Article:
March 18, 2018
By Lee Shearer
A lawsuit filed by former Boy Scouts over alleged sexual abuse by a former Scout leader has been dismissed, but that won’t be the end of it, says a lawyer for the men.
The men filed suit nearly a year ago against the Boy Scouts of America, the Northeast Georgia Council of Boy Scouts, several Athens churches and the estate of Ernest Boland, saying they suffered lasting harm from Boland’s sexual abuse.
The Scouts and the churches knew Boland had been accused of sexual abuse as long ago as 1961, yet allowed him to continue as a Scout leader for years, according to the lawsuit.
A successful Athens businessman, Boland died at age 88 in 2013, the year after an Oregon judge forced the Boy Scouts to release the names of thousands of Scout leaders expelled from the organization because of accusations of sexual abuse.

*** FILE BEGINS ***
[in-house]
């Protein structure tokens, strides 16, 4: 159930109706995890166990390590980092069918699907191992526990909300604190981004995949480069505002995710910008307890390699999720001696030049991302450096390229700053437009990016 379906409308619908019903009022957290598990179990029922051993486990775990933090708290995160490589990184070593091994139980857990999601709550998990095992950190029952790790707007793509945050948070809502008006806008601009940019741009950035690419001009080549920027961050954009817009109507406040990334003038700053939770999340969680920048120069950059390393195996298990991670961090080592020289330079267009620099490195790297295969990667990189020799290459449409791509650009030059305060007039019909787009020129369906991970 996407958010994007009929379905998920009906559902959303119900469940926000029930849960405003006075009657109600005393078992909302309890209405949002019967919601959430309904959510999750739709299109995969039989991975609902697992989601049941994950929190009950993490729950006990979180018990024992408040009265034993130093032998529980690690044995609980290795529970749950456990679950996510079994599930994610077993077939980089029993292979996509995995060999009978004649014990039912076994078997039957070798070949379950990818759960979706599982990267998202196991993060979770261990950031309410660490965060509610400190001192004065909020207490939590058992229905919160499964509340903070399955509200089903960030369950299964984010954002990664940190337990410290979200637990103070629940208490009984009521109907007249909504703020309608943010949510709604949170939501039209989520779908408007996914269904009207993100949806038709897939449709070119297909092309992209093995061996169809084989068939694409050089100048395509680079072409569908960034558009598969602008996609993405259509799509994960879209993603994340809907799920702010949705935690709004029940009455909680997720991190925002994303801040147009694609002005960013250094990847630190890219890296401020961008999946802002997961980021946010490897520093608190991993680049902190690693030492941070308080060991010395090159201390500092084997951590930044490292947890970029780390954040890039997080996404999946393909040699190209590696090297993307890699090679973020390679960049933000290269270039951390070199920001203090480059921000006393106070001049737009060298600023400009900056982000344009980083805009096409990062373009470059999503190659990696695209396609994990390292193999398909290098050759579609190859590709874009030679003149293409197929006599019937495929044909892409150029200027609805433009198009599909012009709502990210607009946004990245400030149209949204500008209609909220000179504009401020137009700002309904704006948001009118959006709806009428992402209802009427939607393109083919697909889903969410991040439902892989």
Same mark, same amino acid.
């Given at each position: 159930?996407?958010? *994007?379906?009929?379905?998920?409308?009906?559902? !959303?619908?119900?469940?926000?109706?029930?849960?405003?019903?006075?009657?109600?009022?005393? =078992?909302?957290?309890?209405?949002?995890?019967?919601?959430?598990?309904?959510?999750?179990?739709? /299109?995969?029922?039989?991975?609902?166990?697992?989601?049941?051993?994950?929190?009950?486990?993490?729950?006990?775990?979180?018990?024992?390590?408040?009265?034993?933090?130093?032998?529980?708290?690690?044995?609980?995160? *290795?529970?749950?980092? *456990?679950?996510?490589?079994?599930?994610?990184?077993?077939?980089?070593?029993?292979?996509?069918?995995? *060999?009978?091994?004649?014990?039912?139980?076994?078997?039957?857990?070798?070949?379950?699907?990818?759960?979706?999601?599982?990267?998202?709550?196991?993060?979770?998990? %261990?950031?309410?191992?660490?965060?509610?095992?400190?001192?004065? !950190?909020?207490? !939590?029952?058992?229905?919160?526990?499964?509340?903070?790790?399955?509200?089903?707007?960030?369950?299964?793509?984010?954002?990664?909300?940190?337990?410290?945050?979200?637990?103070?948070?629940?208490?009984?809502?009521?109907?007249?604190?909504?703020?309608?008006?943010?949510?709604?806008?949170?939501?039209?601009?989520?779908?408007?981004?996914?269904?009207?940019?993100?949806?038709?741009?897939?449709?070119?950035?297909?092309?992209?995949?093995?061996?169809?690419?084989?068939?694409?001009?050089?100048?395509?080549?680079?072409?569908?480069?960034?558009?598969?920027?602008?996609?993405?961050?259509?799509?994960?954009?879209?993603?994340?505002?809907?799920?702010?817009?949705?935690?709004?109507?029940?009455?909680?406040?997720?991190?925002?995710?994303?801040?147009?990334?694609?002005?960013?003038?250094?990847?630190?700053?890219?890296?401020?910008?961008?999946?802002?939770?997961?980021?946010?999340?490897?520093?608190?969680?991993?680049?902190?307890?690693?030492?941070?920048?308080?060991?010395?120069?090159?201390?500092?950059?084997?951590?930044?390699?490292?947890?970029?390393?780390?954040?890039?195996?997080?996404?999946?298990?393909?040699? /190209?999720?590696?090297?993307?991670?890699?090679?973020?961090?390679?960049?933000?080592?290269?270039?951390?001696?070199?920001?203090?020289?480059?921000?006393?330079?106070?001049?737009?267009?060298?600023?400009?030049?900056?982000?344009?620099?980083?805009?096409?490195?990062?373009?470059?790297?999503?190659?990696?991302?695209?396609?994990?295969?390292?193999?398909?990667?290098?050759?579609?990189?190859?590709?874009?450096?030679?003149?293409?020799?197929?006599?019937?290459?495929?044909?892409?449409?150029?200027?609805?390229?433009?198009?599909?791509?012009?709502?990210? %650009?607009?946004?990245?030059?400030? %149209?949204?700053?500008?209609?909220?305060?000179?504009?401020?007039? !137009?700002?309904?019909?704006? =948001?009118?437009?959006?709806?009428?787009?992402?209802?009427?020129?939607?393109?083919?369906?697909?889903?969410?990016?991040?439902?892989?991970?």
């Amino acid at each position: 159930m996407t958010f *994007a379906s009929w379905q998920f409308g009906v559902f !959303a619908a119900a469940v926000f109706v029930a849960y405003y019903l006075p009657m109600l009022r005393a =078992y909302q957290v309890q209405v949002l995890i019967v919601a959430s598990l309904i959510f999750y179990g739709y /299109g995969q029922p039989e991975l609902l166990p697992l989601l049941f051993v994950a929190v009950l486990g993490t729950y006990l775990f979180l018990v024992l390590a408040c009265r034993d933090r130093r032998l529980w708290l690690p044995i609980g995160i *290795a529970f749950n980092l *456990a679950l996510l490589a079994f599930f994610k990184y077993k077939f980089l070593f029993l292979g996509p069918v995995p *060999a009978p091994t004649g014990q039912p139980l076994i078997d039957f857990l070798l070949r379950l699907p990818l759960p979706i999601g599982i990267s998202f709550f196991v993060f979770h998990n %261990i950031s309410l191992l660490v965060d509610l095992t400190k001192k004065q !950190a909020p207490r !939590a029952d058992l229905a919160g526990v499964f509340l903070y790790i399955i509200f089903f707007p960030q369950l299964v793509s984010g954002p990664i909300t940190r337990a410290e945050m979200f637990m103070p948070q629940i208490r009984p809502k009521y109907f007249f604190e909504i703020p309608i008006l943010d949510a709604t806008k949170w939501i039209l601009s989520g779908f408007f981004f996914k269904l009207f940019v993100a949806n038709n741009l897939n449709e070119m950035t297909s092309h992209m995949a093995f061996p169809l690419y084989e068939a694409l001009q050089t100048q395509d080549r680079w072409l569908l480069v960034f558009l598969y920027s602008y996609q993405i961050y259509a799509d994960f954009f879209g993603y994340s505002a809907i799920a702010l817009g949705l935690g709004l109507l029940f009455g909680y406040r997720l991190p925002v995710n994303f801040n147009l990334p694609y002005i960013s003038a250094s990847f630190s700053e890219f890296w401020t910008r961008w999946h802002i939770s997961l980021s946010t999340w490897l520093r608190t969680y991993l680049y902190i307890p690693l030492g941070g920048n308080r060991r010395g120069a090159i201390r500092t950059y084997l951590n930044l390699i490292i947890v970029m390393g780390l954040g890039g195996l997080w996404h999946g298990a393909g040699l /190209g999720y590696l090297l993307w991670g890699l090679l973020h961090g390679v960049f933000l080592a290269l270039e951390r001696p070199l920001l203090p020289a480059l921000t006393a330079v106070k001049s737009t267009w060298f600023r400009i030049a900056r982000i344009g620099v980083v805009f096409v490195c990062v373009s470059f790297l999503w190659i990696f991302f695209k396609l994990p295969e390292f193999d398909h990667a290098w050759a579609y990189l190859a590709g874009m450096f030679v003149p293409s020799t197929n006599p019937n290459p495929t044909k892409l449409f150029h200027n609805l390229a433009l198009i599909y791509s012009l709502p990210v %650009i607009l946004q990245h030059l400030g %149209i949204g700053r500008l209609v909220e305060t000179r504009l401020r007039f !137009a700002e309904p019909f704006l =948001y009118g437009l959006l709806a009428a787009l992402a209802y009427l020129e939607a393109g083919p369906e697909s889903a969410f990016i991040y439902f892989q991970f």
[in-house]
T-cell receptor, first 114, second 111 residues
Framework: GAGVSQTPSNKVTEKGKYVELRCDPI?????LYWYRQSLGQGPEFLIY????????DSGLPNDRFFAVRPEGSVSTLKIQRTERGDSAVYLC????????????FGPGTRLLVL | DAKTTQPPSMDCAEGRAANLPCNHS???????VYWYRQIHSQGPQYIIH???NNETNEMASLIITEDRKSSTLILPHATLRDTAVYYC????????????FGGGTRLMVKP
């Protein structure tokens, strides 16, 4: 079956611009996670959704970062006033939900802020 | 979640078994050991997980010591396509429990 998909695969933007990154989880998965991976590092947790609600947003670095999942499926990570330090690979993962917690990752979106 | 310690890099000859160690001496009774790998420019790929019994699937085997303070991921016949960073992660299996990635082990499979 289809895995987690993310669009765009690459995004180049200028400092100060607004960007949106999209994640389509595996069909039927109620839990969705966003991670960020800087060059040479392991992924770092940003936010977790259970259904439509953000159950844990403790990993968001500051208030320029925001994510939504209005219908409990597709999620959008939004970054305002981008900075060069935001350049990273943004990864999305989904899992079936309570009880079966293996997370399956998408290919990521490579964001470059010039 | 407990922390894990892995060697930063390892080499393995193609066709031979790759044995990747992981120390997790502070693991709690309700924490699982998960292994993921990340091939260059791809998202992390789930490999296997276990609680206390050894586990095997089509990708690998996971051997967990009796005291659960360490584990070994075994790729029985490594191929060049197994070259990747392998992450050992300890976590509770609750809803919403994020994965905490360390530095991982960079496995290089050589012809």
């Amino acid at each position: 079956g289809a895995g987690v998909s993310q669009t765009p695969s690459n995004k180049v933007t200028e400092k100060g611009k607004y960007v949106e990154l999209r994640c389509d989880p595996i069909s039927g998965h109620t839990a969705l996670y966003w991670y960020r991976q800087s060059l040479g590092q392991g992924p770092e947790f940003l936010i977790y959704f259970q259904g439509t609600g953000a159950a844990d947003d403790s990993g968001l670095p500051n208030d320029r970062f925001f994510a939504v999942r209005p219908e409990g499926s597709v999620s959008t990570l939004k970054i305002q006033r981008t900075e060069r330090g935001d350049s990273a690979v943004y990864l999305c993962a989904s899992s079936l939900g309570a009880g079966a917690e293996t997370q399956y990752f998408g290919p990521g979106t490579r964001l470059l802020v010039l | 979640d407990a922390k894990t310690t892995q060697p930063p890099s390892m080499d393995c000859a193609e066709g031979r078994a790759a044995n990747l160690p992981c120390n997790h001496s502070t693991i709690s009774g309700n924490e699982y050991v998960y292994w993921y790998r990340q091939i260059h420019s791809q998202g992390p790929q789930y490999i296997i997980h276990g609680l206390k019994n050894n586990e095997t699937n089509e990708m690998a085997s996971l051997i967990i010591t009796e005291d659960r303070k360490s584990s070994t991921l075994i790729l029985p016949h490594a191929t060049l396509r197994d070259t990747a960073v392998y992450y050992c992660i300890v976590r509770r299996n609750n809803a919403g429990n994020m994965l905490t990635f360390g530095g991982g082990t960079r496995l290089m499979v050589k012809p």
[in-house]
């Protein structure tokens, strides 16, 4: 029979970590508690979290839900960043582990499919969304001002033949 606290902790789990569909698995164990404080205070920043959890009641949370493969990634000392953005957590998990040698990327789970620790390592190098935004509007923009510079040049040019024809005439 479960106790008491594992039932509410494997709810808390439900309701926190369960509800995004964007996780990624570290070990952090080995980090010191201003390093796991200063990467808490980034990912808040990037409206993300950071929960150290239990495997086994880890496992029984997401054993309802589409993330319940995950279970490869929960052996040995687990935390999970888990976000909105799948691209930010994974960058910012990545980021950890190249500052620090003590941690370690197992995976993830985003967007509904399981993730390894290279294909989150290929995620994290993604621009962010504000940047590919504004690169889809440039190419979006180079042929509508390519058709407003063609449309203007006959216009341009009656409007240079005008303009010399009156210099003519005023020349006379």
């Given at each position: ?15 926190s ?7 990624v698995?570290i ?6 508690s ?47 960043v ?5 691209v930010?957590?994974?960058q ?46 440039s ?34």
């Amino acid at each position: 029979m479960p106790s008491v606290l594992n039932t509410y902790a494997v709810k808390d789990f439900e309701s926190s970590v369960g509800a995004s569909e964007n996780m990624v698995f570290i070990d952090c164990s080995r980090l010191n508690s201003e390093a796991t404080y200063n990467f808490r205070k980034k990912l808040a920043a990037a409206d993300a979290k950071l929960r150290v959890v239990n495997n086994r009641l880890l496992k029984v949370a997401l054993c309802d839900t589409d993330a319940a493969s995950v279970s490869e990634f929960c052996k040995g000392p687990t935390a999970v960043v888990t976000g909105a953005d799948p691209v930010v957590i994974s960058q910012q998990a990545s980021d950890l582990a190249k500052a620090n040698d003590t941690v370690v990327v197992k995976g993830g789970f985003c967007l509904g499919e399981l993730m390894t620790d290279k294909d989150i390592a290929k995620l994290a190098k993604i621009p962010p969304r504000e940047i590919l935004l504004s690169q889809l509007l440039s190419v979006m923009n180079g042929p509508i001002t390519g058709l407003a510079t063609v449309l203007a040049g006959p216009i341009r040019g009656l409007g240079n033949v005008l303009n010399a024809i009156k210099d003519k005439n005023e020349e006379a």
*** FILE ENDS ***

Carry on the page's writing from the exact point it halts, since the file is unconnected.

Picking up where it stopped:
The Clarke County lawsuit, filed last year, alleged the churches and the Scouts had endangered the public with a “persuasive and systematic cover-up” of those identities.
Darren Penn, the lawyer for the men suing the Boy Scouts and Boland’s estate, said the men will file suit again, but just when, and on what grounds, depends on a bill now pending in the Georgia Legislature.
Penn requested the lawsuit be dismissed without prejudice earlier this month, just days before a hearing was scheduled on defendants’ motion to dismiss the lawsuit before new Western Judicial Circuit Judge Regina Quick, who took over the case when she was appointed to take the place of retiring Judge David Sweat.
Their decision to dismiss the suit hinged on several factors, Penn said, including objections defendants had made about notification, and the possibility that Quick could have ruled in favor of the defendants, which would have presented a big obstacle for the plaintiffs.
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